Yacht transit #01 Stray Catz
Our transit through the Panama Canal on sailing yacht Stray Catz
01-02 February 2015 – 43′ Privilege Catamaran
US Brian & Anna Byrd, son Kylan, Panamanian friend Maribel, French cruisers Arnaud & Vincent
Advisors: Omar & Francisco
From the Stray Catz blog:
“We rafted up to another boat from the USA as we entered the locks. The up locks are much more challenging than the down lock, but the line handlers on Stray Catz (all volunteers) did an excellent job. The line handlers on the other boat two of which were professionals didn’t do as well. At one point the lines got loose and that meant Stray Catz was heading toward the big ugly concrete wall. They got the line under control and all was well, but lets just say there was some yelling on their boat and some scrambling with fenders on ours.”
“Our volunteer line handlers, Kylan, Russel, Dianne, Arnold and Vincent were fantastic. Thanks to all of them for keeping Stray Catz scratch and dent free. All did a wonderful job and were great company.”
Day One : Gatun Locks
We joined Stray Catz in Shelter Bay Marina at 13:00 as instructed, where everyone was supposed to be ready but the teenage son Kylan was still on the internet, and the French guys were late.
Brian, Anna and Kylan live on board the catamaran, and Maribel is their Panamanian friend along for the ride. Brian bought Stray Catz in the US over a year ago and they had gradually made their way to Panama, planning to go into the Pacific, however Kylan wants to check out colleges so they are now going to base themselves in Mexico for a while.
The two French guys are about to take their own boat through the Canal so they were very keen to do it on someone else’s boat first. This is very common in the marina it seems, so we were happy that we didn’t lose our spot on the trip.
We had a good size double cabin that Kylan was kicked out of. It was obvious that the boat is a catamaran with stuff balanced in all sorts of places. Anna kept talking about her kitchen, and Brian isn’t particularly nautical, but they have been on the boat for more than a year. The three of them get seasick so they mentioned wanting to get someone to help them get across the Pacific, mostly to be able to go down below and cook when it was rough! Don’t think either of us would be interested in taking a catamaran across an ocean.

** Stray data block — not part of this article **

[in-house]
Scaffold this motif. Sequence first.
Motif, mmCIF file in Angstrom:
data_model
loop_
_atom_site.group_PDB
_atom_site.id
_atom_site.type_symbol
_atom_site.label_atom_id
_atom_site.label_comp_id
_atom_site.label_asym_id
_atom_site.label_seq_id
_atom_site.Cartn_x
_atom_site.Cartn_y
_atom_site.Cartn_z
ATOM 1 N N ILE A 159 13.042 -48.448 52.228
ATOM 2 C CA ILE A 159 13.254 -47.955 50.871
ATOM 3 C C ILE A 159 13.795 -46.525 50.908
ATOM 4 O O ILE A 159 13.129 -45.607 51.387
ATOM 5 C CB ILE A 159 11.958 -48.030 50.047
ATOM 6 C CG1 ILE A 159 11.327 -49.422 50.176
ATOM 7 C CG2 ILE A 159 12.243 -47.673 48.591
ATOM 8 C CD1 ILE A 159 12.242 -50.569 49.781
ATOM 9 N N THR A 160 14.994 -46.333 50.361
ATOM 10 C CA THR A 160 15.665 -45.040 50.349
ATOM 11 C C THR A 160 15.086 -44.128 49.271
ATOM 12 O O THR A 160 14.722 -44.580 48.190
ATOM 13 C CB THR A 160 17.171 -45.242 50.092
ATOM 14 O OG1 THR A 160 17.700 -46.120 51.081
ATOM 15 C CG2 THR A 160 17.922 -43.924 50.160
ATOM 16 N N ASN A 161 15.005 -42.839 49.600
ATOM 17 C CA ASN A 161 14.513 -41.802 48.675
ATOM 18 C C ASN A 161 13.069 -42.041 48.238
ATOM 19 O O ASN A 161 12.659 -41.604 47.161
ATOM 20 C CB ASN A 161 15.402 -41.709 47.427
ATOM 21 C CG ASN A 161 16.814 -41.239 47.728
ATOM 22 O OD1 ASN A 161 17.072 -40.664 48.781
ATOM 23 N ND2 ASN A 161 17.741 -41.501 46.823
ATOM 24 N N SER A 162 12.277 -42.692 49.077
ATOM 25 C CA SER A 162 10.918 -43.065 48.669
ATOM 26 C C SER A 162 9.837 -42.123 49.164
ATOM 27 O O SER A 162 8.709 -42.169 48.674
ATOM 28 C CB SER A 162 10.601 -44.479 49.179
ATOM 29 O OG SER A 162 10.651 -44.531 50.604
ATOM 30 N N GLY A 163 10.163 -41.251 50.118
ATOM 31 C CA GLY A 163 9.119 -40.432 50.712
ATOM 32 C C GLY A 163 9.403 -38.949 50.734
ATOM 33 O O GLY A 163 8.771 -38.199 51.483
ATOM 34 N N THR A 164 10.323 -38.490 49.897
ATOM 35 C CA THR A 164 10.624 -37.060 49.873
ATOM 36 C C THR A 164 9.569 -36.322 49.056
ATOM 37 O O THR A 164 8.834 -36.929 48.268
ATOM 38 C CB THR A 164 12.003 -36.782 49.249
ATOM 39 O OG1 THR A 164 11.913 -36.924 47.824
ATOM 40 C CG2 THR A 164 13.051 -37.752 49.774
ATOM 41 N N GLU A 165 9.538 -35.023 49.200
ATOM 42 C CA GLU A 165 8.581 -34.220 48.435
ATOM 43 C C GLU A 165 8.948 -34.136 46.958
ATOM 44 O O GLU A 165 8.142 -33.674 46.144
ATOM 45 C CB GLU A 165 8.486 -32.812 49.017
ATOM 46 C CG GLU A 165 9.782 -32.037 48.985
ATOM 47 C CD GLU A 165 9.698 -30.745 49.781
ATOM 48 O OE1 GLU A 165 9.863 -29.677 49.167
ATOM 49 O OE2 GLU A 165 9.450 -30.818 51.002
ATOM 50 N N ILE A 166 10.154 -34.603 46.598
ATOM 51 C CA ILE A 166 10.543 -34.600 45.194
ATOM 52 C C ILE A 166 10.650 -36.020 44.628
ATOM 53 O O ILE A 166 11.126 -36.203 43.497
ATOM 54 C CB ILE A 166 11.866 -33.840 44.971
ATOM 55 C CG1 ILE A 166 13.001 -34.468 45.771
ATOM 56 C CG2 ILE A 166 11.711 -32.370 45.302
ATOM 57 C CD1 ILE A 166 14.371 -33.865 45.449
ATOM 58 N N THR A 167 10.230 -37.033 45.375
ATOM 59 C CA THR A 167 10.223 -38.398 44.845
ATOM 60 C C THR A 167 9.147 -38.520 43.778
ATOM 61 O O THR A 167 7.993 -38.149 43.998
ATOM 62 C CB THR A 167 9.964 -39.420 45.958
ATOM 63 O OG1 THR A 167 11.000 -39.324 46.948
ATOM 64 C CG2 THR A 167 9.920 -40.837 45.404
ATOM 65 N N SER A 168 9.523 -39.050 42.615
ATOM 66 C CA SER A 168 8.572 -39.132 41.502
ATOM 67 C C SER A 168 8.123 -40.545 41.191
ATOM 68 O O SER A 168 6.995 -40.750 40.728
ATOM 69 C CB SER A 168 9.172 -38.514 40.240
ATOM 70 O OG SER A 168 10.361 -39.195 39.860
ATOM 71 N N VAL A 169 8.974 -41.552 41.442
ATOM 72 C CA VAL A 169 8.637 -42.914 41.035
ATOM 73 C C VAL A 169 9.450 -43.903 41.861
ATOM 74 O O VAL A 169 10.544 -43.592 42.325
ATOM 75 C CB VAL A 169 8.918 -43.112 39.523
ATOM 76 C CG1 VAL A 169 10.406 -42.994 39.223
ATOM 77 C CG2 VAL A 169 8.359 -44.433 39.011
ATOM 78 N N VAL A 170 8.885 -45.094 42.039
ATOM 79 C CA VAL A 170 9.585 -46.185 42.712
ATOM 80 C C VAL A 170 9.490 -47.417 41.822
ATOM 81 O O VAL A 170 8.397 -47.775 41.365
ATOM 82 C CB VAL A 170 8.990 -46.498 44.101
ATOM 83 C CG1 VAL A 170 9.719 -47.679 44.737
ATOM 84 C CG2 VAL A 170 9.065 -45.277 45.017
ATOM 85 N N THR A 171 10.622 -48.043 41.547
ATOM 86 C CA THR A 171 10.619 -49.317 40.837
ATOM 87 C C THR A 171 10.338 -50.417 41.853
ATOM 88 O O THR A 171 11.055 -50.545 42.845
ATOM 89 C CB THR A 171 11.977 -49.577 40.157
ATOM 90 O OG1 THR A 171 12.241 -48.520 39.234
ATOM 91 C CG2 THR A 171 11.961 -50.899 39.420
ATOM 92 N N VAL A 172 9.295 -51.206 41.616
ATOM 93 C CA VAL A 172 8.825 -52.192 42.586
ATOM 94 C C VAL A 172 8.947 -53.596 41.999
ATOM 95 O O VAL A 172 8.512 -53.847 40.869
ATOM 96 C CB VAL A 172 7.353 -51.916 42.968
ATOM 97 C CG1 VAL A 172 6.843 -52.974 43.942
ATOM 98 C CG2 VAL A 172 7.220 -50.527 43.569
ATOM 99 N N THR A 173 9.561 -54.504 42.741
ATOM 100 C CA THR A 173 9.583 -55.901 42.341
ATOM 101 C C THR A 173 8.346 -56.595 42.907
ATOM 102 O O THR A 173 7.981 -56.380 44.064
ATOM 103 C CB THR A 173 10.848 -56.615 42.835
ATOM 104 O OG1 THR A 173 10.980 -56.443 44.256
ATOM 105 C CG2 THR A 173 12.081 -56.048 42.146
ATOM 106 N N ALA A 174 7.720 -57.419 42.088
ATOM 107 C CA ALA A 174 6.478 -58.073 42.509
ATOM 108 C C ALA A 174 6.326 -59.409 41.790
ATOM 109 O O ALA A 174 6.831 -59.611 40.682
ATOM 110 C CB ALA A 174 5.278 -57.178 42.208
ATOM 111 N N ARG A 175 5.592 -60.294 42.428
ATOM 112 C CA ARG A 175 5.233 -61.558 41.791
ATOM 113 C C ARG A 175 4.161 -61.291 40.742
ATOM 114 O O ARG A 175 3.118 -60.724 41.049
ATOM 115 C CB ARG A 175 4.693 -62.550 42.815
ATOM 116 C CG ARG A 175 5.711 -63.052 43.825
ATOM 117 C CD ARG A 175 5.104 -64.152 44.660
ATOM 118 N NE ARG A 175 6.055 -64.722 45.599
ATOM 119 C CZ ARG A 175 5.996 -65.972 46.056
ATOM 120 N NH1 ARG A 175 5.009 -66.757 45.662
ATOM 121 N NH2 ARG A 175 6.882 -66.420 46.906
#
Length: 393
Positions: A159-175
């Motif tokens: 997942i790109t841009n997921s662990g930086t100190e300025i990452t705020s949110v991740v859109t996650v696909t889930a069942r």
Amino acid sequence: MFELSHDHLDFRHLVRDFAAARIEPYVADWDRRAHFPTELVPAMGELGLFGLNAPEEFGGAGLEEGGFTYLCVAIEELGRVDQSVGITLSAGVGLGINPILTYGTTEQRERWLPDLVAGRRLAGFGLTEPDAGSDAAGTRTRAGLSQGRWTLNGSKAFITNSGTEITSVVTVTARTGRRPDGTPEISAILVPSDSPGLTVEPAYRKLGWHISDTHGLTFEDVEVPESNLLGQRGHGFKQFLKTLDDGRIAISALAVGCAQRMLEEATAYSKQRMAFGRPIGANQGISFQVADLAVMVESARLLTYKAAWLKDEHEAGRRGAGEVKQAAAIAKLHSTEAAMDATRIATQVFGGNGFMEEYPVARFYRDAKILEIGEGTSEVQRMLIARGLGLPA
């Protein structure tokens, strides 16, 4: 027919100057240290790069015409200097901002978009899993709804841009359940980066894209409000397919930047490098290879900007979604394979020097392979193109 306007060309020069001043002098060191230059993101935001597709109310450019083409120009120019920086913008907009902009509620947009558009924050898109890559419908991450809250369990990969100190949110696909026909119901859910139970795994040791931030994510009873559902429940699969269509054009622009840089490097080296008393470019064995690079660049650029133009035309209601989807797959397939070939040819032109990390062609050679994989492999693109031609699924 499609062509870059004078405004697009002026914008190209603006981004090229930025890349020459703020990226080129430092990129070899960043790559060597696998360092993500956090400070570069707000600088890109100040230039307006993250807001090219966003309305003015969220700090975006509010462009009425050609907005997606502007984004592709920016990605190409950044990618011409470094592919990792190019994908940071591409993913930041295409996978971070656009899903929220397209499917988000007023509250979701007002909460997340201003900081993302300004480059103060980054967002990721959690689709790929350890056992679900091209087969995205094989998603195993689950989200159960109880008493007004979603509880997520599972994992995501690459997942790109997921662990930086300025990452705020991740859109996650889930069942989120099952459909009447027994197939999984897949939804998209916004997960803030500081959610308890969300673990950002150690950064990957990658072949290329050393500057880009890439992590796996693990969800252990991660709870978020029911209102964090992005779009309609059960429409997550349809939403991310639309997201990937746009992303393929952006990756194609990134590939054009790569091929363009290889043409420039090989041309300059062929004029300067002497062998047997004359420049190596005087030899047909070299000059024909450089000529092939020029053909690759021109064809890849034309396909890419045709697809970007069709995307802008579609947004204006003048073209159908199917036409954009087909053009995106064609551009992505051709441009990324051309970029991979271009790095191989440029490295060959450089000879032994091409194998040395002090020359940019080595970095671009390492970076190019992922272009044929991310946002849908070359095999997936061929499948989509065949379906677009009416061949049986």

It was about 14:05 when we cast off and headed out of Shelter Bay Marina to make the 40-minute transit across to the Flats. The Advisor was supposed to appear at 16:00 but we soon heard that it would be 18:30. Lots of chat about what the Advisor had already told them, and what the other cruisers were saying about the trip. Plenty of rumours and scare-mongering about what can go wrong, and Brian admitted that he was scared and nervous, which the delay wouldn’t have helped. He is a recently retired Air Traffic Controller so we figured that stress was not going to be an issue.
Eight boats from the World ARC rally were to join us in the locks, so they gradually appeared all around us at the anchorage. We were told that we would be nested with one other yacht to go through Gatun Locks, so we got the lines ready for rafting up.
The agent provided car tyres wrapped in plastic to use as fenders, and four long blue polyprop mooring lines. Panamanian ropework had the mooring line eyes tied in a bowline with the tail ty-rapped and the ends wrapped in insulation tape.
The boat carrying the Advisor eventually arrived around 19:10 but it took some time before Omar would jump across. He kept shouting for a gate to be opened but there wasn’t one, so eventually he just jumped over the railing. It was good to see that the boat driver was very careful not to make contact with the yacht at all.
Omar soon explained some of how the lockage was going to work:
We would motor over to the locks when they were ready, and raft up or nest with the other yacht just before moving into the locks.
• When nesting yachts the Advisor on the longest yacht is generally in charge, unless another yacht is more powerful
• There must be four linehandlers. In our case, two to handle the lines and two people armed with fenders
• Linehandlers should wear lifejackets in the locks, although the Advisor mentioned that if you fell in you would die anyway!
• Solar panels should be protected from the monkey’s fist on the heaving lines. We used some seat cushions
• When attaching the heaving line to the mooring rope the knot (usually a clove-hitch) should be off-centre so it doesn’t jam on the bollard
Around 20:00 we heard that the locking would not happen until 21:50, but we would be the last of the day so there was no time pressure to get through. We figured with nine private yachts it was going to take a while. Anna brought out some chili and rice for dinner to keep us all going.
Another of the horror stories is about the Advisors being fussy about food, and if they don’t like what you provide they order a meal that costs several hundred dollars to be delivered by fast ferry. Our guy seemed easily pleased at least.
Because we had extra crew, Russell and I were not nominated as linehandlers, but we helped out where we could, mostly with ensuring the mooring lines would run free. It was surprisingly quick to get the four rafts sorted out and moving into the canal.
The monkey’s fist was thrown from a great height, and one did indeed hit the solar panel, or fortunately the cushion we had tied over it. The guys on shore walked along the lock holding the heaving lines, and when we were in position they pulled the heavier mooring lines across.